The School's curricula
The PhD Programme in Mathematics lasts three years and is articulated into five curricula:
a. General Mathematics
This area focuses on one or more of the following research themes:
- Calculus of variations: analysis in metric spaces, geometric measure theory, variational convergences (Gamma-convergence), optimal transport
- Geometric Analysis, Riemannian Geometry, Geometrical Flows
- Non linear Partial Differential Equations (PDE): free boundary problems, models of hysteresis, asymptotic behavior and PDE homogenization, variational and topological methods, non linear equations of Ginzburg-Landau and Schrödinger
- Analytic Geometry and Algebraic Geometry: Algebraic curves and moduli spaces. Surfaces of general type and moduli spaces. Manifolds of high dimensions: Mori theory, Fano varieties. Real algebraic geometry, complex and hypercomplex analysis. History of algebraic geometry. Mathematical visualization.
- Mathematical physics: foundational, analytical and geometrical aspects of quantum and relativistic theories
- Dynamical Systems and Control Theory: existence, multiplicity, stability of periodic solutions of differential equations, Lagrangian and Hamiltonian systems, differential games and optimal control problems, viscosity solutions of Hamilton-Jacobi equations; hybrid system optimizations
- Stochastic processes: stochastic partial differential equations, functional integration and applications
- Mathematical Statistics and Data Science. It will cover classical techniques of statistical inference, both under a frequentist and Bayesian paradigm, as well as modern techniques for complex and high-dimensional data. In particular, it will include topics from multivariate statistics, such as graphical models and their link to network science, robust statistics and statistical data depth.
- Mathematical Logic and Theoretical Computer Science: applications of non standard techniques (à la A. Robinson) in functional analysis, non classical logics, programming languages theory, type systems, static analysis, general and philosophical aspects, foundations, constructive mathematics and Hilbert’s program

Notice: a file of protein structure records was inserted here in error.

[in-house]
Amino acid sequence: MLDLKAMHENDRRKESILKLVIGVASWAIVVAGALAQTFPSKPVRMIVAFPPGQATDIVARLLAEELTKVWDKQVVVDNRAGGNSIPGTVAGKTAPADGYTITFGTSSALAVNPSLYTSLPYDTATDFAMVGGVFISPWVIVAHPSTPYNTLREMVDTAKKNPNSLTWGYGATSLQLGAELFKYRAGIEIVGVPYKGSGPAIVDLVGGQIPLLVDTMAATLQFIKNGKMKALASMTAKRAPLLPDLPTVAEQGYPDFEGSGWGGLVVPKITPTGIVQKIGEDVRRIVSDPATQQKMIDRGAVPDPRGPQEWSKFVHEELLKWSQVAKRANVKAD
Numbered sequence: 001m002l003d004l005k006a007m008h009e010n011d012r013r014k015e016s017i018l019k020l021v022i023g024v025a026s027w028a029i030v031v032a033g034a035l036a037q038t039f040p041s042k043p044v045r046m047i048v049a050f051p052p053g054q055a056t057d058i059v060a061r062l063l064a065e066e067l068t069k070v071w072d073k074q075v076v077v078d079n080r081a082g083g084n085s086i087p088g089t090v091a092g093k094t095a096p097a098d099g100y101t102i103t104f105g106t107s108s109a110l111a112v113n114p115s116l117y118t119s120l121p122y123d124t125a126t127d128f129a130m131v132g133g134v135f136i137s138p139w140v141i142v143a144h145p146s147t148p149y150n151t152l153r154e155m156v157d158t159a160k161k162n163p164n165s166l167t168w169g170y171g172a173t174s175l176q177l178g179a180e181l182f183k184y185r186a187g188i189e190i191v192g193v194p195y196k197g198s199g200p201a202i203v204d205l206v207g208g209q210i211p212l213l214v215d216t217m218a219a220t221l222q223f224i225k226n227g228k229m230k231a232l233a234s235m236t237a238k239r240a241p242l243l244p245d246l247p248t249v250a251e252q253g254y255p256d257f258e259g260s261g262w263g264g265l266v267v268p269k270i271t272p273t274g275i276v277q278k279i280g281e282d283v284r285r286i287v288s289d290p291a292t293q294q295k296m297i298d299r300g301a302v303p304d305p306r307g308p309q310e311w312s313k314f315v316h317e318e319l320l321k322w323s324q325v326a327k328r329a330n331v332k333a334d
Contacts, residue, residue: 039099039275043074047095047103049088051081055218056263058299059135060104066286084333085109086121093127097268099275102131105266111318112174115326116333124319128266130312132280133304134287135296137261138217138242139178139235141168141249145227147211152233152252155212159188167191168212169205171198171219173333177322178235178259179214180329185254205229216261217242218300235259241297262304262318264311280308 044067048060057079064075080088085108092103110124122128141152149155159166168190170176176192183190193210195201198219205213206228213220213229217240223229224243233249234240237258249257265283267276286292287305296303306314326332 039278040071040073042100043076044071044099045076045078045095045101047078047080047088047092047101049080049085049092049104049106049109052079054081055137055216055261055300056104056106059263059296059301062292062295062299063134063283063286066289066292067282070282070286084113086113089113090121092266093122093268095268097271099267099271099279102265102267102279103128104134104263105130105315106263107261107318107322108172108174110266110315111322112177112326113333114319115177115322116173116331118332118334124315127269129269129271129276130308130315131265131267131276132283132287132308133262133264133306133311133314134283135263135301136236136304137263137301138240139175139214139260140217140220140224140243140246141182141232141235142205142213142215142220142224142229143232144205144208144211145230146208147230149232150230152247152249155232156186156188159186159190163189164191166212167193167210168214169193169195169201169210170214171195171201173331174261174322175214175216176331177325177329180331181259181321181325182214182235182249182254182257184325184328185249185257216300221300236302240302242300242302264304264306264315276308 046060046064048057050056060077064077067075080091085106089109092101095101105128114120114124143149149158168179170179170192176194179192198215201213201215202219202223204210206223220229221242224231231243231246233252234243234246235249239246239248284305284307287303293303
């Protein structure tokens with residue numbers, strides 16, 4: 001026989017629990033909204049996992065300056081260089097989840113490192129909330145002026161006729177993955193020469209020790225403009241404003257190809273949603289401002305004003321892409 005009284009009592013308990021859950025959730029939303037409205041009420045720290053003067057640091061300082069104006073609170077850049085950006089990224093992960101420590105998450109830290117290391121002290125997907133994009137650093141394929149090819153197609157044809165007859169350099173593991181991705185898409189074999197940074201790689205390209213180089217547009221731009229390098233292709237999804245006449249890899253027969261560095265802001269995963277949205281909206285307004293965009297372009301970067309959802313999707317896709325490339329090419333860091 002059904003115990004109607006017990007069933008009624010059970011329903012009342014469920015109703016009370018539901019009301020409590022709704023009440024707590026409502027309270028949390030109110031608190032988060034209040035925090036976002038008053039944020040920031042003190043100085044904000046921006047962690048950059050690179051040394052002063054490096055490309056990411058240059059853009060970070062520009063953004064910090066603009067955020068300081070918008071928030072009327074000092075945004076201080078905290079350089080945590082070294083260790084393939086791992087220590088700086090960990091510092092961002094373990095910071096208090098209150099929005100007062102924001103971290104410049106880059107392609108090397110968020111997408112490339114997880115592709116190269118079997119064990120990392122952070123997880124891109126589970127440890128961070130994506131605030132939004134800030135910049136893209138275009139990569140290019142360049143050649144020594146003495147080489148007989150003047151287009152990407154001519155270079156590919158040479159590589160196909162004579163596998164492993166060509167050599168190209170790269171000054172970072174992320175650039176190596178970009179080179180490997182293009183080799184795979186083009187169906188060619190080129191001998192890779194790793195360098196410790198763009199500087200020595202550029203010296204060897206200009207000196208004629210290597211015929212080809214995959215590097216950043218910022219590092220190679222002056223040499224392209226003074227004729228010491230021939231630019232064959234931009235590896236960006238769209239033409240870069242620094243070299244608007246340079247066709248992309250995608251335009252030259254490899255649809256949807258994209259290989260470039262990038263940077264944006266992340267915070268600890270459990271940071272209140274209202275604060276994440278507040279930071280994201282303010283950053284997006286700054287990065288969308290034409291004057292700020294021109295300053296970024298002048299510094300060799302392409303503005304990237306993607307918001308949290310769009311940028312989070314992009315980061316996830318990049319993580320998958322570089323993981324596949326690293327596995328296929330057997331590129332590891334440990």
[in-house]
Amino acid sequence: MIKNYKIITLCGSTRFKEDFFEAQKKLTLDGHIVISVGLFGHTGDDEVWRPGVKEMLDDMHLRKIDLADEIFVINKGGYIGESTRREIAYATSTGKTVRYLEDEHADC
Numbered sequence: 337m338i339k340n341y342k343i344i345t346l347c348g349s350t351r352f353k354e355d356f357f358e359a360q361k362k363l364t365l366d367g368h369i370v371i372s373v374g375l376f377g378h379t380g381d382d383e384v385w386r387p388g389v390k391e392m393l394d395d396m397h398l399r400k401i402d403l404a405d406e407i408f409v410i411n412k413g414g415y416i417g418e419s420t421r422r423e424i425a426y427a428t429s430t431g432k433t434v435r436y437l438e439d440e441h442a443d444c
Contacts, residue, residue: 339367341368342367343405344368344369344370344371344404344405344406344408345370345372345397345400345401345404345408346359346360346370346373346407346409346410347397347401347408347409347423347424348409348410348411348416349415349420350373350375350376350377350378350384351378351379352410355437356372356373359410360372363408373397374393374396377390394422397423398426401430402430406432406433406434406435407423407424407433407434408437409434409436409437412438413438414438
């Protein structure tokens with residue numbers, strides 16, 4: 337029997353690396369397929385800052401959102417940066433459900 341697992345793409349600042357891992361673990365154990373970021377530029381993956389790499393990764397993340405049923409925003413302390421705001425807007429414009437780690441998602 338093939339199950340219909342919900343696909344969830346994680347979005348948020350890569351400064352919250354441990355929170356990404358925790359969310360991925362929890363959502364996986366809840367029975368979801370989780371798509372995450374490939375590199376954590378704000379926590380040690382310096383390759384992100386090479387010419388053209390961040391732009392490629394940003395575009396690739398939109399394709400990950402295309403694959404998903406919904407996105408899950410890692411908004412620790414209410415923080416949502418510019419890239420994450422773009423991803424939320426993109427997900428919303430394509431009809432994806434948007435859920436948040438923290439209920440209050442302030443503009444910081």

- Group theory, in particular permutation groups and finite p-groups, Lie groups and algebras, computational methods and applications in theoretical physics. Commutative and computational algebra, monomial algebras and associated combinatorial structures. Algorithms for algebraic and combinatorial invariants. Coding theory and cryptography. Tensor decomposition, secant varieties, algorithms and applications to complexity theory, quantum information, and data analysis. Representations of algebras, homological algebra.
b. Mathematical Modelling and Scientific Computing (MOMACS)
This area crosses the following research themes:
- Stochastic Processes: integral-differential equations and stochastic partial differential equations for the modeling of physical, biological, and financial phenomena
- Numerical Methods for Partial Differential Equations: modeling of electromagnetic phenomena and (classic and quantum) fluid dynamics, approximation methods based on finite elements, boundary elements, differences or finite volumes
- Approximation/numerical interpolation of multivariate functions: efficient methods and applications
- Discrete Mathematics: modeling in operations research, graph theory, combinatorial optimization, and applications to computational biology.